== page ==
BACKGROUND: After the publication of a 2014 consensus statement regarding mass critical care during public health emergencies, much has been learned about surge responses and the care of overwhelming numbers of patients during the COVID-19 pandemic. Gaps in prior pandemic planning were identified and require modification in the midst of severe ongoing surges throughout the world. RESEARCH QUESTION: A subcommittee from The Task Force for Mass Critical Care (TFMCC) investigated the most recent COVID-19 publications coupled with TFMCC members anecdotal experience in order to formulate operational strategies to optimize contingency level care, and prevent crisis care circumstances associated with increased mortality. STUDY DESIGN AND METHODS: TFMCC adopted a modified version of established rapid guideline methodologies from the World Health Organization and the Guidelines International Network-McMaster Guideline Development Checklist. With a consensus development process incorporating expert opinion to define important questions and extract evidence, the TFMCC developed relevant pandemic surge suggestions in a structured manner, incorporating peer-reviewed literature, "gray" evidence from lay media sources, and anecdotal experiential evidence. RESULTS: Ten suggestions were identified regarding staffing, load-balancing, communication, and technology. Staffing models are suggested with resilience strategies to support critical care staff. ICU surge strategies and strain indicators are suggested to enhance ICU prioritization tactics to maintain contingency level care and to avoid crisis triage, with early transfer strategies to further load-balance care. We suggest that intensivists and hospitalists be engaged with the incident command structure to ensure two-way communication, situational awareness, and the use of technology to support critical care delivery and families of patients in ICUs. INTERPRETATION: A subcommittee from the TFMCC offers interim evidence-informed operational strategies to assist hospitals and communities to plan for and respond to surge capacity demands resulting from COVID-19.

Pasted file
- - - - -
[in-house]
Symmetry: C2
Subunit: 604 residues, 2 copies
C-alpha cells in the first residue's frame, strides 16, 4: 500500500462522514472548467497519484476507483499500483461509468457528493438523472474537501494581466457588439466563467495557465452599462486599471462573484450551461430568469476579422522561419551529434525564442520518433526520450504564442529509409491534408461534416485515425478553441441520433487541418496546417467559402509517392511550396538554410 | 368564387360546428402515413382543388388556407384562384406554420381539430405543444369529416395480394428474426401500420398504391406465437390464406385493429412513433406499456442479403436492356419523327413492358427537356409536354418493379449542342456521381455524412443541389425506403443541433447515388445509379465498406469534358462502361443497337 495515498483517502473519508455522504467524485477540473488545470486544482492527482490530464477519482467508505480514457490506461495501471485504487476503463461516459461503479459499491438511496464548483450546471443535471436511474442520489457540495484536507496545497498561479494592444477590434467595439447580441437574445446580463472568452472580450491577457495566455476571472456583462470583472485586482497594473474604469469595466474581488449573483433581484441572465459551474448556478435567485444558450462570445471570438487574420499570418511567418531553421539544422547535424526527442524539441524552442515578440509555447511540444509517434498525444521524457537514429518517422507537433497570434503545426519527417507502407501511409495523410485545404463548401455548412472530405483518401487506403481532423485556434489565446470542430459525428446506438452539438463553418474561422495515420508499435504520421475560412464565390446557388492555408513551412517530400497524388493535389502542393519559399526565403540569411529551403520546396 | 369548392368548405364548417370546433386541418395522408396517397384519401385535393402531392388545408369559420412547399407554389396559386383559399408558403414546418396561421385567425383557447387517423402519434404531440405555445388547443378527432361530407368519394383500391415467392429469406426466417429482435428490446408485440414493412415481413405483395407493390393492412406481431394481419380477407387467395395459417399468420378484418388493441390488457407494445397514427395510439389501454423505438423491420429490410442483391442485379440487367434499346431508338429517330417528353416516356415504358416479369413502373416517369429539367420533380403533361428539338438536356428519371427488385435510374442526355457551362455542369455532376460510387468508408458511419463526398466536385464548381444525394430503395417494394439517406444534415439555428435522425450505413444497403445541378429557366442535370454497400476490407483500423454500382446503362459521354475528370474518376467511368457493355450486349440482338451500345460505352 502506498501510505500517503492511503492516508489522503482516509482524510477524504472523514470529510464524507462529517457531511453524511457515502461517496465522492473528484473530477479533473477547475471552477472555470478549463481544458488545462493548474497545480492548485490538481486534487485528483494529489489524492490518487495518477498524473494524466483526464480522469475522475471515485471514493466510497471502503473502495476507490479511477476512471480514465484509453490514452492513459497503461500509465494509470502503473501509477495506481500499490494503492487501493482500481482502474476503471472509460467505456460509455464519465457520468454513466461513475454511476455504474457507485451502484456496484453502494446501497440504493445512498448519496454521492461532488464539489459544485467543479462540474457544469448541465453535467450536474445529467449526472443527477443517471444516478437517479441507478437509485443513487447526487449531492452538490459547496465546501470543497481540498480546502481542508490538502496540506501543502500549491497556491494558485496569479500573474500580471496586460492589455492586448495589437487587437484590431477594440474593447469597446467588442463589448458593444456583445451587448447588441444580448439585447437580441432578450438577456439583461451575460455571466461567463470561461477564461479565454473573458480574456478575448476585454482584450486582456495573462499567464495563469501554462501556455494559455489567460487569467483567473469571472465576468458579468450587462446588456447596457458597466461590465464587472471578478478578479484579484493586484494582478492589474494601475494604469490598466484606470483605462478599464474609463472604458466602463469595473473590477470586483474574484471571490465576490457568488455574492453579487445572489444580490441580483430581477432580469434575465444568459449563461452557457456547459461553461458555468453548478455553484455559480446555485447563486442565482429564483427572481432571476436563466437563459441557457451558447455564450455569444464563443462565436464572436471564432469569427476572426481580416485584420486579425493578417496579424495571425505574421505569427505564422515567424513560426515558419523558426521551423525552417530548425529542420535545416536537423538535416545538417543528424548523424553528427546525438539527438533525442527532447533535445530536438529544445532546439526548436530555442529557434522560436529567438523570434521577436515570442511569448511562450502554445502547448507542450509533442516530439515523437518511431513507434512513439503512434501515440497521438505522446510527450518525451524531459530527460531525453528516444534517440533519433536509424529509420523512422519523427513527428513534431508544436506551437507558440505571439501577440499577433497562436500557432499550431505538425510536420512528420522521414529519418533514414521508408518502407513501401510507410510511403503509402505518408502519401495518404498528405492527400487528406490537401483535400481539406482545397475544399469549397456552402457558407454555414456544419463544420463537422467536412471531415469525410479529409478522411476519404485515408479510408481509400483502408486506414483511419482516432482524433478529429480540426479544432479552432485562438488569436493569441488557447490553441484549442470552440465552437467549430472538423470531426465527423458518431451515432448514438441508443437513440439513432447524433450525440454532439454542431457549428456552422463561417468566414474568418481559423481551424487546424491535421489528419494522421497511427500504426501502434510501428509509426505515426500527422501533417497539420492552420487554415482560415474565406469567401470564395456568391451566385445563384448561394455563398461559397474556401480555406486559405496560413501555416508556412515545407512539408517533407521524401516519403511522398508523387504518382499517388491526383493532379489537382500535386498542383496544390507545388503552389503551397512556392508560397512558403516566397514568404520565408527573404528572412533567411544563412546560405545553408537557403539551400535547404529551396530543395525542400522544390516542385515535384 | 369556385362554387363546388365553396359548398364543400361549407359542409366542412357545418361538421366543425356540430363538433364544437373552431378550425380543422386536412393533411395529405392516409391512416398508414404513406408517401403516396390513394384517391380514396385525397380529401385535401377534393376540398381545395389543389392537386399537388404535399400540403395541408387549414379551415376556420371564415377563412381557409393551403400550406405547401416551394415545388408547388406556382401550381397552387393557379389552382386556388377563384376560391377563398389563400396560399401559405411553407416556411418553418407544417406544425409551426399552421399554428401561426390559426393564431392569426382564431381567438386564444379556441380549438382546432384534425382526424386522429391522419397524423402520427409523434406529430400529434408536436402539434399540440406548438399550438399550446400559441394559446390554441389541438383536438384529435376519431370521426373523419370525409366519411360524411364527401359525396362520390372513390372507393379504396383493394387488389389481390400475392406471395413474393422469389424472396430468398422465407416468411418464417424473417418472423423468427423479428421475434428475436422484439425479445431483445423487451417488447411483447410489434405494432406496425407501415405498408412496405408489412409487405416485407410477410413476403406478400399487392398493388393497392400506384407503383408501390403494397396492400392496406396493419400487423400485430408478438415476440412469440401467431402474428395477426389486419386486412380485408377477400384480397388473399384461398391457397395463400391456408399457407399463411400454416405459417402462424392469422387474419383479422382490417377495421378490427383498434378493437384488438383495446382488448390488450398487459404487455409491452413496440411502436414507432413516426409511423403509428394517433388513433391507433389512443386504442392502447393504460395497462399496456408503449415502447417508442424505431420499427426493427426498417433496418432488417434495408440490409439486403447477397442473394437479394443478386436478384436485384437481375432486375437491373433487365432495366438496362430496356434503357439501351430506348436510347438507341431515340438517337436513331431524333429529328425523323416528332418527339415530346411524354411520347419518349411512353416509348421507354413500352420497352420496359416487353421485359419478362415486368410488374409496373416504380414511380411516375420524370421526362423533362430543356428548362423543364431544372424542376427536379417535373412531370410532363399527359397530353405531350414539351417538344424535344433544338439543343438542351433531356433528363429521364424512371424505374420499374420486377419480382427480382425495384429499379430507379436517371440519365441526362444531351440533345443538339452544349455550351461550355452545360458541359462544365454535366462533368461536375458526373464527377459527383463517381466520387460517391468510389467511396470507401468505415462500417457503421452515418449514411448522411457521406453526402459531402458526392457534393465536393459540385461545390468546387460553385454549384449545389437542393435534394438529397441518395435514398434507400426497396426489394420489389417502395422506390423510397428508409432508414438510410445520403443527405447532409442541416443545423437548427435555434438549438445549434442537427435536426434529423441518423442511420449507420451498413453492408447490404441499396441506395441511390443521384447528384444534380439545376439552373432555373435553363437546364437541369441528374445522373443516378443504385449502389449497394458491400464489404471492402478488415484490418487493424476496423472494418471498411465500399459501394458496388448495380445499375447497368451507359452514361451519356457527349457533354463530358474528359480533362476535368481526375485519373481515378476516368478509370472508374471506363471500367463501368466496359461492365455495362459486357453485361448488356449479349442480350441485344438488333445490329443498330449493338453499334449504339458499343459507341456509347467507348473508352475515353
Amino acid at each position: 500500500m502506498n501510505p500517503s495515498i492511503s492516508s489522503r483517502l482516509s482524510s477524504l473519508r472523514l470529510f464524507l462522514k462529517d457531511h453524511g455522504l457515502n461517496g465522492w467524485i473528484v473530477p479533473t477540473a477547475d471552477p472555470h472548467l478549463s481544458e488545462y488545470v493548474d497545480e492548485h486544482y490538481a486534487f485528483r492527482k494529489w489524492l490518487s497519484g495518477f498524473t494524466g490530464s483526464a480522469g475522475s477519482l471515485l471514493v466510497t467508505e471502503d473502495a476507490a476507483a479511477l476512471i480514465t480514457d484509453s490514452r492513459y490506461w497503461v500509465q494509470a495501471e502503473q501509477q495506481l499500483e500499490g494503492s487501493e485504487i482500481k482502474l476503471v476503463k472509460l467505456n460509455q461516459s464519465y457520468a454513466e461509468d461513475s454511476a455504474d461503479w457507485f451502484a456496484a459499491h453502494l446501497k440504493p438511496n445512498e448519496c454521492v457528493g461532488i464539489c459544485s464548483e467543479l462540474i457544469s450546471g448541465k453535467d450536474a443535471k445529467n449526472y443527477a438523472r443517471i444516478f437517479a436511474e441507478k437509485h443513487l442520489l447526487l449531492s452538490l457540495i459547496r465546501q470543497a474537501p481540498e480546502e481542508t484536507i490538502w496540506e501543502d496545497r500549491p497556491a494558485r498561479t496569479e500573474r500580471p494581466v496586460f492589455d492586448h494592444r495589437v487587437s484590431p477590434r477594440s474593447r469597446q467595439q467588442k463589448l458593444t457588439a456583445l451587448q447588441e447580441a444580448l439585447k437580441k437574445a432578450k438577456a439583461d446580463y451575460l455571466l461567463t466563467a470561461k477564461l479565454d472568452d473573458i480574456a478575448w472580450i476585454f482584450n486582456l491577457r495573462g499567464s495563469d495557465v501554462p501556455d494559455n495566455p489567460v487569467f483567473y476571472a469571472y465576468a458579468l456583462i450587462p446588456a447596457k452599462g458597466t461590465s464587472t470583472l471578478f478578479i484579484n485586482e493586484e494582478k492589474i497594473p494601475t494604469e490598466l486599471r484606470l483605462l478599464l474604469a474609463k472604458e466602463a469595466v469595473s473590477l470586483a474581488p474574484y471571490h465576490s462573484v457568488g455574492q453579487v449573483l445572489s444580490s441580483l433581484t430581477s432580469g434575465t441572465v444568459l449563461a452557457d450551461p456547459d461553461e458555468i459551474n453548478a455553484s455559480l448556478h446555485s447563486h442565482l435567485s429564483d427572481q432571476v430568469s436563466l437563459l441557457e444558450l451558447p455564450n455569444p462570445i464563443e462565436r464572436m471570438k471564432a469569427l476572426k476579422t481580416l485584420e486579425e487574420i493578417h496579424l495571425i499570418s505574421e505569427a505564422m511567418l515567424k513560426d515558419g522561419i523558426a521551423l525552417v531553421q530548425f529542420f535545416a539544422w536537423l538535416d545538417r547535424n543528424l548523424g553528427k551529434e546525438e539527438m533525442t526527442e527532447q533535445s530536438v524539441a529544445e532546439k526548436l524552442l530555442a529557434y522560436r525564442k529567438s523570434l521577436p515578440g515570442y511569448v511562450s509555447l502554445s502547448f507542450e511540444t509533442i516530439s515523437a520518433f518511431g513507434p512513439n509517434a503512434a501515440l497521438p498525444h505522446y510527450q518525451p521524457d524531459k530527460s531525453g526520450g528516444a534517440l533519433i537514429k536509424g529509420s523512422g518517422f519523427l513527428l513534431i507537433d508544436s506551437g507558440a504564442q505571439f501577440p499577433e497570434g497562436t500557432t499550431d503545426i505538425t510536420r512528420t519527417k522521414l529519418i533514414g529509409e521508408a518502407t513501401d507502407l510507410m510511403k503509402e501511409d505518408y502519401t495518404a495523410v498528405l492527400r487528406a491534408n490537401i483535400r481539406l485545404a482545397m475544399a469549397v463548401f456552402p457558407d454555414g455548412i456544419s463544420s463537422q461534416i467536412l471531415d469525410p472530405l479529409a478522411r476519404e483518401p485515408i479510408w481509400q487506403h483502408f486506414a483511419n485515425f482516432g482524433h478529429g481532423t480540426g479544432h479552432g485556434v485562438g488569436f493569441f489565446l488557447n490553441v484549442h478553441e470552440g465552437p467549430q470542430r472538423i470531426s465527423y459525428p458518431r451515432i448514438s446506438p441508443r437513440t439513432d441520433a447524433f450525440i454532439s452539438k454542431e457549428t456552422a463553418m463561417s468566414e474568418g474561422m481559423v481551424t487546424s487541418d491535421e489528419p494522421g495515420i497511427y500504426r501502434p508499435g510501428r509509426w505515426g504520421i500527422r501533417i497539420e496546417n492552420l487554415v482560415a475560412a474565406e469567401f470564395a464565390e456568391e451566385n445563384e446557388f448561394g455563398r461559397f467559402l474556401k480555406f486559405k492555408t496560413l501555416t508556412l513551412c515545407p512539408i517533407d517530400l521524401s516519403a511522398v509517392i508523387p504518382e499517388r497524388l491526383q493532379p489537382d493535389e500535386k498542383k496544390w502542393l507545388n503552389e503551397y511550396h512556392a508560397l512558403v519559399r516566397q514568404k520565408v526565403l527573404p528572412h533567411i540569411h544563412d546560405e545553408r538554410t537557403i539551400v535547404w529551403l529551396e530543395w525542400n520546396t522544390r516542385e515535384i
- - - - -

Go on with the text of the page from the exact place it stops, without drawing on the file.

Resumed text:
Subject(s)
Advisory Committees , COVID-19 , Critical Care , Delivery of Health Care/organization & administration , Surge Capacity , Triage , COVID-19/epidemiology , COVID-19/therapy , Critical Care/methods , Critical Care/organization & administration , Evidence-Based Practice/methods , Evidence-Based Practice/organization & administration , Humans , SARS-CoV-2 , Surge Capacity/organization & administration , Surge Capacity/standards , Triage/methods , Triage/standards , United States/epidemiology
8.
Lancet Respir Med ; 9(6): 655-664, 2021 06.
Article in English | MEDLINE | ID: covidwho-1209411

ABSTRACT

The pleiotropic cytokine interleukin-6 (IL-6) has been implicated in the pathogenesis of COVID-19, but uncertainty remains about the potential benefits and harms of targeting IL-6 signalling in patients with the disease. The efficacy and safety of tocilizumab and sarilumab, which block the binding of IL-6 to its receptor, have been tested in adults with COVID-19-related acute respiratory illness in randomised trials, with important differences in trial design, characteristics of included patients, use of co-interventions, and outcome measurement scales. In this Series paper, we review the clinical and methodological heterogeneity of studies of IL-6 receptor antagonists, and consider how this heterogeneity might have influenced reported treatment effects. Timing from clinical presentation to treatment, severity of illness, and concomitant use of corticosteroids are among the factors that might have contributed to apparently inconsistent results. With an understanding of the sources of variability in these trials, available evidence could be applied to guide clinical decision making and to inform the enrichment of future studies.


Subject(s)
Antibodies, Monoclonal, Humanized/pharmacology , COVID-19 , Clinical Trials as Topic , Receptors, Interleukin-6/antagonists & inhibitors , Antibodies, Monoclonal, Humanized/immunology , COVID-19/immunology , COVID-19/therapy , Clinical Trials as Topic/methods , Clinical Trials as Topic/statistics & numerical data , Humans , Patient Selection , Receptors, Interleukin-6/immunology , SARS-CoV-2
9.
Crit Care Med ; 49(3): e219-e234, 2021 03 01.
Article in English | MEDLINE | ID: covidwho-1069322

ABSTRACT